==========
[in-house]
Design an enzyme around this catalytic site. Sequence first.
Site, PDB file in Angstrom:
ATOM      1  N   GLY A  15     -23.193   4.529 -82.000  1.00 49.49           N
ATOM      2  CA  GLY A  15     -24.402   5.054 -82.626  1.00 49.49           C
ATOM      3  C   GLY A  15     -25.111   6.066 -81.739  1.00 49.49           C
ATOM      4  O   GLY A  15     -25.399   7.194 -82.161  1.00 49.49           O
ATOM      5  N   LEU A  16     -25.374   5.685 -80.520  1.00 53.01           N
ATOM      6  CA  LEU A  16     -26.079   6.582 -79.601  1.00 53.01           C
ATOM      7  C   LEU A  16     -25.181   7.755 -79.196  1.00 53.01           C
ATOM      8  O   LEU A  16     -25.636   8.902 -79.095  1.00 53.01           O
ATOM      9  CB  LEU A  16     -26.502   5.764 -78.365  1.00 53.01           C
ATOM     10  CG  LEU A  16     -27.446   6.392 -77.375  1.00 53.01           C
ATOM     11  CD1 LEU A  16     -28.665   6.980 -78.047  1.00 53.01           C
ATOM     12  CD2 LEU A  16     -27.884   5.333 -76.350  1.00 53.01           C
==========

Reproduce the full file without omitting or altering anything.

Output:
[in-house]
Design an enzyme around this catalytic site. Sequence first.
Site, PDB file in Angstrom:
ATOM      1  N   GLY A  15     -23.193   4.529 -82.000  1.00 49.49           N
ATOM      2  CA  GLY A  15     -24.402   5.054 -82.626  1.00 49.49           C
ATOM      3  C   GLY A  15     -25.111   6.066 -81.739  1.00 49.49           C
ATOM      4  O   GLY A  15     -25.399   7.194 -82.161  1.00 49.49           O
ATOM      5  N   LEU A  16     -25.374   5.685 -80.520  1.00 53.01           N
ATOM      6  CA  LEU A  16     -26.079   6.582 -79.601  1.00 53.01           C
ATOM      7  C   LEU A  16     -25.181   7.755 -79.196  1.00 53.01           C
ATOM      8  O   LEU A  16     -25.636   8.902 -79.095  1.00 53.01           O
ATOM      9  CB  LEU A  16     -26.502   5.764 -78.365  1.00 53.01           C
ATOM     10  CG  LEU A  16     -27.446   6.392 -77.375  1.00 53.01           C
ATOM     11  CD1 LEU A  16     -28.665   6.980 -78.047  1.00 53.01           C
ATOM     12  CD2 LEU A  16     -27.884   5.333 -76.350  1.00 53.01           C